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Korean J Anesthesiol. 2012 Jul;63(1):18-24. English. Original Article.
Osman ES , Khafagy HF , Samhan YM , Hassan MM , El-Shanawany FM , Fathallah AR , El-fandy GG .
Department of Anesthesiology, Theodor Bilharz Research Institute, Giza, Egypt.
Department of Clinical and Chemical Pathology, Theodor Bilharz Research Institute, Giza, Egypt.
Department of Anesthesiology, Faculty of Medicine, Cairo University, Ministry of High Education and Scientific Research, Giza, Egypt.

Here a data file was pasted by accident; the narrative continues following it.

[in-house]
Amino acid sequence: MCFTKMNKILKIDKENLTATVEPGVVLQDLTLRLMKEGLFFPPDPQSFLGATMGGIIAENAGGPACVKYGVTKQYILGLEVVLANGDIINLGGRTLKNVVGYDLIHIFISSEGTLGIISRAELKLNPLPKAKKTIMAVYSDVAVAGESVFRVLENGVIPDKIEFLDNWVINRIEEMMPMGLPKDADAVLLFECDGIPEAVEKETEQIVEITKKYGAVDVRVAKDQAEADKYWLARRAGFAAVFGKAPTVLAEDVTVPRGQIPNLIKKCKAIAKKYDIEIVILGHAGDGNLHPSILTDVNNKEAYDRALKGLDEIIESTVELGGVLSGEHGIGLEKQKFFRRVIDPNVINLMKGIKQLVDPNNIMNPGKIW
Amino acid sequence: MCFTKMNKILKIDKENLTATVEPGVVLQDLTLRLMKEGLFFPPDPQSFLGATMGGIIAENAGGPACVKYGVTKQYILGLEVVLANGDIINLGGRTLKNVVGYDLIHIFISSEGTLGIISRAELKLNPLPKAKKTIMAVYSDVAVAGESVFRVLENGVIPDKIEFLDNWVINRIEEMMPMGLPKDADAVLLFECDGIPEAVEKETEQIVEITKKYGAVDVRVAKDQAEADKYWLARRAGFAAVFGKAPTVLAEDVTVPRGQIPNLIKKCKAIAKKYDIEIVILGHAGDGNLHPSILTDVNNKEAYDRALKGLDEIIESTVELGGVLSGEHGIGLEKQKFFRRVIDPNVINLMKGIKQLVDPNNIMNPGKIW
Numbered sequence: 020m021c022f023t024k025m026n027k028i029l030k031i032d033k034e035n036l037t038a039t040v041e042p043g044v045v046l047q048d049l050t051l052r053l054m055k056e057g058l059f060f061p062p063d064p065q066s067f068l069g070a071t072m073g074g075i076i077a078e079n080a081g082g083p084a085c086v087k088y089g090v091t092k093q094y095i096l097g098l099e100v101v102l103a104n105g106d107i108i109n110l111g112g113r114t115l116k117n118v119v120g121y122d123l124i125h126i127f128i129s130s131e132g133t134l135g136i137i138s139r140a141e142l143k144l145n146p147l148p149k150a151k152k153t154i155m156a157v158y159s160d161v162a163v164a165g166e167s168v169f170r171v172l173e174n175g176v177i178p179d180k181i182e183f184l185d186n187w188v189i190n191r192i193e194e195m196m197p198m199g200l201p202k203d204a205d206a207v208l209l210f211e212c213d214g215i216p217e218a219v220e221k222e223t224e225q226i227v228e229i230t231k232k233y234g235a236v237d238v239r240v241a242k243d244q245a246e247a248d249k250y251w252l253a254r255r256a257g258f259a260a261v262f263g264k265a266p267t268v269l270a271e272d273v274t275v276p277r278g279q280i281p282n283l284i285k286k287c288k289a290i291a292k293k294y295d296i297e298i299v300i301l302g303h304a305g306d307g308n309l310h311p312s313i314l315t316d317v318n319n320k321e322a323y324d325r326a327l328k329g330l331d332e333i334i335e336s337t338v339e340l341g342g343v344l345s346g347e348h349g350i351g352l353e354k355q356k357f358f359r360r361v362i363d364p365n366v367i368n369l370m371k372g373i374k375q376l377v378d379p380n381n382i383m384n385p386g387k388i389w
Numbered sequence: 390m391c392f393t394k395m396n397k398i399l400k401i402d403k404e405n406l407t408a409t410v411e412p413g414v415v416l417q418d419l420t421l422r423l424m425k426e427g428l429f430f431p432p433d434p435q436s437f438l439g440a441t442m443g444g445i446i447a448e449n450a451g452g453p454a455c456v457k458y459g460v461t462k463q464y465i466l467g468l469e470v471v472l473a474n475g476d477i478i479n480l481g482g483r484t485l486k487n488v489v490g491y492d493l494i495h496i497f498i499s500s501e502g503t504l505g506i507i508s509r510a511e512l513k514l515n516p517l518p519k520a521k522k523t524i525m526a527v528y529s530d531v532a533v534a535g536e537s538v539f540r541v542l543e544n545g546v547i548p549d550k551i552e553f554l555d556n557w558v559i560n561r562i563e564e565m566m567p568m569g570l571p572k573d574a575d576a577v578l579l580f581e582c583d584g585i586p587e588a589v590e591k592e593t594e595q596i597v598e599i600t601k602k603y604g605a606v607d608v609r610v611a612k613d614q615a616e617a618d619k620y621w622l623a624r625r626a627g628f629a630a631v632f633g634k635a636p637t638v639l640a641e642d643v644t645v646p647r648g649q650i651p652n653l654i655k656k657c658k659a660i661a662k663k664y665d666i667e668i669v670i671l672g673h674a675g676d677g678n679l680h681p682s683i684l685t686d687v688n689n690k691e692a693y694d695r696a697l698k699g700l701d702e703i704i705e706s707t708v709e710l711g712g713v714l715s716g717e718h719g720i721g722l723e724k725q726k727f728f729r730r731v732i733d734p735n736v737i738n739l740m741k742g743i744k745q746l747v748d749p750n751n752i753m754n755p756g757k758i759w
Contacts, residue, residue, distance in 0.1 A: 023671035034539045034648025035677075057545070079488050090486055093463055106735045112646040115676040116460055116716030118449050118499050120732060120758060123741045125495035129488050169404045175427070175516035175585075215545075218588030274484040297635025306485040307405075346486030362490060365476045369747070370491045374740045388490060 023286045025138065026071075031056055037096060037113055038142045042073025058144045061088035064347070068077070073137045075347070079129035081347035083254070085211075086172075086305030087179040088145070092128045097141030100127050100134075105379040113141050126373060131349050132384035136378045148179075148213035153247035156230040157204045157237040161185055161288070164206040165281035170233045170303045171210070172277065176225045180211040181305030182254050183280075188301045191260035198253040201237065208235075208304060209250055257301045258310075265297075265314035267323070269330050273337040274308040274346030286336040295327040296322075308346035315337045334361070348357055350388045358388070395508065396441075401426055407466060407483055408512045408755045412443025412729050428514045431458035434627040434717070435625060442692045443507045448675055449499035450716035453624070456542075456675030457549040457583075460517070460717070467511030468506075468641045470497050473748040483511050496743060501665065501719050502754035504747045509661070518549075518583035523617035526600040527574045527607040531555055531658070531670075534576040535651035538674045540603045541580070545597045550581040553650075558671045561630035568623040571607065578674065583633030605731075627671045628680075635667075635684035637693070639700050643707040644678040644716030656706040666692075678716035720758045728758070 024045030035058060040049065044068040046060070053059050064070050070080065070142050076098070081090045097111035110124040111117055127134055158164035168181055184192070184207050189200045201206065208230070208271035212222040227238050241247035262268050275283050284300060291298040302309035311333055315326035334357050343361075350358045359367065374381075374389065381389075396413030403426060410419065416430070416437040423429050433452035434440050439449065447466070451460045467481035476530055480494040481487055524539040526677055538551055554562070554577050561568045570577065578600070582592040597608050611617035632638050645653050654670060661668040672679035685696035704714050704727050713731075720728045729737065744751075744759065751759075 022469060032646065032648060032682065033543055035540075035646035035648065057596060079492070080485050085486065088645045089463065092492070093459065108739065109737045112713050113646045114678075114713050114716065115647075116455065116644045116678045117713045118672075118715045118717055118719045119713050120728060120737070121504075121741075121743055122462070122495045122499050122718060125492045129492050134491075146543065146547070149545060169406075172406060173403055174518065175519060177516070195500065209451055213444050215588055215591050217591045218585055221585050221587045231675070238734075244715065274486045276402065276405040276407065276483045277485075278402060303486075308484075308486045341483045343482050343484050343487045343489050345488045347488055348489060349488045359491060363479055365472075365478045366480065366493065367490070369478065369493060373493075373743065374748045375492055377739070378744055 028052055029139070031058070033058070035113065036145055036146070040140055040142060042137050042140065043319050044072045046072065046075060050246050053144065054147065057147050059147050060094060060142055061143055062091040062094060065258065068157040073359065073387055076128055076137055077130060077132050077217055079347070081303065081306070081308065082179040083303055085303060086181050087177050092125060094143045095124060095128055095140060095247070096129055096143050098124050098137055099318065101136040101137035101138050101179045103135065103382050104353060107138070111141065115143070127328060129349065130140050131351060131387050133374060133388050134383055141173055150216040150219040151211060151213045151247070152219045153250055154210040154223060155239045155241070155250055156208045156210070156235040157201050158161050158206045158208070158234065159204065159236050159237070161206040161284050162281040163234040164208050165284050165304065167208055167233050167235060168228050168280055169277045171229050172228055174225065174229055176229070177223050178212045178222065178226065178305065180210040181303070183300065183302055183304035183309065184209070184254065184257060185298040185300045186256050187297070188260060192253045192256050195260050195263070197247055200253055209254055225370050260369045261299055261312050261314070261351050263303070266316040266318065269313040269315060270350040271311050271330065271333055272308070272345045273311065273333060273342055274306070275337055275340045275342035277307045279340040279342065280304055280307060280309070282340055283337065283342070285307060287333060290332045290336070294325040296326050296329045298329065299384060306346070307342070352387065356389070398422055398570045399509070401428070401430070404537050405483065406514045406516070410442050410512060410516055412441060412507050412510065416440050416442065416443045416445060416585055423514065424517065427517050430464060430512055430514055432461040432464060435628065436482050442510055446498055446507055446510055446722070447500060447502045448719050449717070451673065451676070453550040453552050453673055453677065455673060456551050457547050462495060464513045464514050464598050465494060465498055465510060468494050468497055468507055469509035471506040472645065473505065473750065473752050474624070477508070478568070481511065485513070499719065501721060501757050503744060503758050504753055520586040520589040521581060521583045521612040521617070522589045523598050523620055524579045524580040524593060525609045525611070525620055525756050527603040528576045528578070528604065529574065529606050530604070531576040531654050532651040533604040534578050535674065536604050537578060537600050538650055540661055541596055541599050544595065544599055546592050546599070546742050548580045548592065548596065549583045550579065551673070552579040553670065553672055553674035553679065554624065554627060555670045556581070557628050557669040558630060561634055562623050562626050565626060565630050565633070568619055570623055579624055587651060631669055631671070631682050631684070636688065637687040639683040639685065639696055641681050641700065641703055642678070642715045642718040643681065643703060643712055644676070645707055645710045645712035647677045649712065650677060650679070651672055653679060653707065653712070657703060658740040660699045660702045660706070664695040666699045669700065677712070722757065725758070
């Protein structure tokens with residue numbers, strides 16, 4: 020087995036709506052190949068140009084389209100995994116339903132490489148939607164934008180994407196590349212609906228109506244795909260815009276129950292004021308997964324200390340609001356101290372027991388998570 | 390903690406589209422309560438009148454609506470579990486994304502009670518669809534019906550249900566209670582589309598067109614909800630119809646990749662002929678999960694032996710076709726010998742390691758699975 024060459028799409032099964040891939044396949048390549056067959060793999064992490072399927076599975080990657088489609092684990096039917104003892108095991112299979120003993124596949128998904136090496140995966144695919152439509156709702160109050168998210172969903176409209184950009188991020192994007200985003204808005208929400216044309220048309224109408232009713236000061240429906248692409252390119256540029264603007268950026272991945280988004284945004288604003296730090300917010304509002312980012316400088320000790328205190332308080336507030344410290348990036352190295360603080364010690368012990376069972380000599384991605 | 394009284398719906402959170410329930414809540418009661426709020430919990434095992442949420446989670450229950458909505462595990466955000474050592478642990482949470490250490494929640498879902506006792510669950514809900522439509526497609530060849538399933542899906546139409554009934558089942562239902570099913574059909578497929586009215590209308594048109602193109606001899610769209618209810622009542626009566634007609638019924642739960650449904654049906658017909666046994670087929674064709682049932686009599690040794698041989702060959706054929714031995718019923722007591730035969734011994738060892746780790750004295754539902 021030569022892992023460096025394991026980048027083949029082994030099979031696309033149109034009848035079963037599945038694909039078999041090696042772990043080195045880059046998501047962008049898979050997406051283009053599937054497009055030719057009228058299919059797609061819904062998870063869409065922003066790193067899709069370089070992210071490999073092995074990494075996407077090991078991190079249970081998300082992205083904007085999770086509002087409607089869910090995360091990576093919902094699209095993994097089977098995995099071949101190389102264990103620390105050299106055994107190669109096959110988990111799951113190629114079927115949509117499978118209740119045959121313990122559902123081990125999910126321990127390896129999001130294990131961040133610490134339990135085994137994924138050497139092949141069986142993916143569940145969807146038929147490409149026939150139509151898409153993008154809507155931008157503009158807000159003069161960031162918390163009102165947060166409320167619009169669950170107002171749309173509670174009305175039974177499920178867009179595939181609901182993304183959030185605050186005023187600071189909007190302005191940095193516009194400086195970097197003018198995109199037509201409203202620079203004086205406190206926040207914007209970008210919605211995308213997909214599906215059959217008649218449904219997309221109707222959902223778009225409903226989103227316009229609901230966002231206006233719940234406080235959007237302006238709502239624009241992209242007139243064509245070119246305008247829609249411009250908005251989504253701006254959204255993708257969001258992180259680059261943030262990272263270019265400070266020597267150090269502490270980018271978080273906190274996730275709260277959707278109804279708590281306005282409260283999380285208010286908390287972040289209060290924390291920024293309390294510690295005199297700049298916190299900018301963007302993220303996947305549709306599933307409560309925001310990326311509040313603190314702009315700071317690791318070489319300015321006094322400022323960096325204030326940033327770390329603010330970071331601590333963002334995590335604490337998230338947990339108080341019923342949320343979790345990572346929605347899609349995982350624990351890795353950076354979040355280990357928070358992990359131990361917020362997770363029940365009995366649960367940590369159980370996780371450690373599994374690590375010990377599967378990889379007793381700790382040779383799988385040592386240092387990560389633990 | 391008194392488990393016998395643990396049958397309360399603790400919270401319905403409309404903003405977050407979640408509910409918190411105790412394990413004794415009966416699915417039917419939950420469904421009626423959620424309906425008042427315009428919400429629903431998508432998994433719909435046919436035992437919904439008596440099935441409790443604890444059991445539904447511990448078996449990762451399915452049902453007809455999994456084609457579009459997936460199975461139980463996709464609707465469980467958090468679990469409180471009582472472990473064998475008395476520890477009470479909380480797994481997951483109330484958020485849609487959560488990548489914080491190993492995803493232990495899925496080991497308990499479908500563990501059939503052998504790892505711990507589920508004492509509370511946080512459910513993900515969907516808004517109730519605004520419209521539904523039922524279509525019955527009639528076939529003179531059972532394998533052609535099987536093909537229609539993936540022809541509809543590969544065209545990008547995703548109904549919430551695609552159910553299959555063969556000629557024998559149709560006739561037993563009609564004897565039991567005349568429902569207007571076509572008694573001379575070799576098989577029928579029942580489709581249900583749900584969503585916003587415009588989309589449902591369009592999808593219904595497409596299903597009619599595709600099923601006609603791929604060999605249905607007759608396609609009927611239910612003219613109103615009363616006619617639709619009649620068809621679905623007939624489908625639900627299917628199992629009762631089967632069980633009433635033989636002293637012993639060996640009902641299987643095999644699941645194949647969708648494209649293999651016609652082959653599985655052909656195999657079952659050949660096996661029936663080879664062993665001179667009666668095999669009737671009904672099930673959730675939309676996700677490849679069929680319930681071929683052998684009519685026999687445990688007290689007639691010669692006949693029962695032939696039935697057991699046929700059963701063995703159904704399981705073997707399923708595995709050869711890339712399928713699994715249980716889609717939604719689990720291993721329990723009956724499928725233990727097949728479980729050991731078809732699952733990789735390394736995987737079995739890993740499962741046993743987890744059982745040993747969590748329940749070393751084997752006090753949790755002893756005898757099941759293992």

BACKGROUND: This study was designed to measure in vivo effects of propofol, isoflurane and sevoflurane on apoptosis by measuring caspase-3 and tumor necrosis factor (TNF)-related apoptosis inducing ligand (TRAIL) blood level as apoptotic markers. METHODS: After obtaining ethical committee approval and informed written consents, sixty adult patients ASA I scheduled for open cholecystectomy participated in this study. They were randomally allocated into one of three equal groups to receive propofol infusion, low-flow isoflurane or sevoflurane for maintenance of anesthesia. Venous blood samples were collected preoperatively, immediately postoperative and after 24 hours to measure hemoglobin, hematocrit, creatinine, liver enzymes, serum TRAIL and caspase-3 levels. RESULTS: There was no significant difference in hematological markers and serum creatinine. Liver enzymes showed significant postoperative rise (P < 0.05). In Propofol group, TRAIL and caspase-3 levels were significantly elevated immediately postoperative then decreased significantly after 24-hours (P < 0.05). In Isoflurane group, immediate postoperative level of TRAIL was significantly higher than 24 hours reading and significantly lower than its level in Propofol group at the same timing meanwhile caspase-3 levels were comparable at different timings. In Sevoflurane group, TRAIL and caspase-3 levels increased significantly in both postoperative samples than preoperative level and than those of Isoflurane and Propofol groups after 24 hours concerning TRAIL (P & 0.05). CONCLUSIONS: This study concluded that isoflurane is superior and sevoflurane is the least effective among the three anesthetics in protection against apoptosis. This study neither proved nor excluded propofol-induced apoptosis. Further studies are required during lengthy procedure and in compromised patients.

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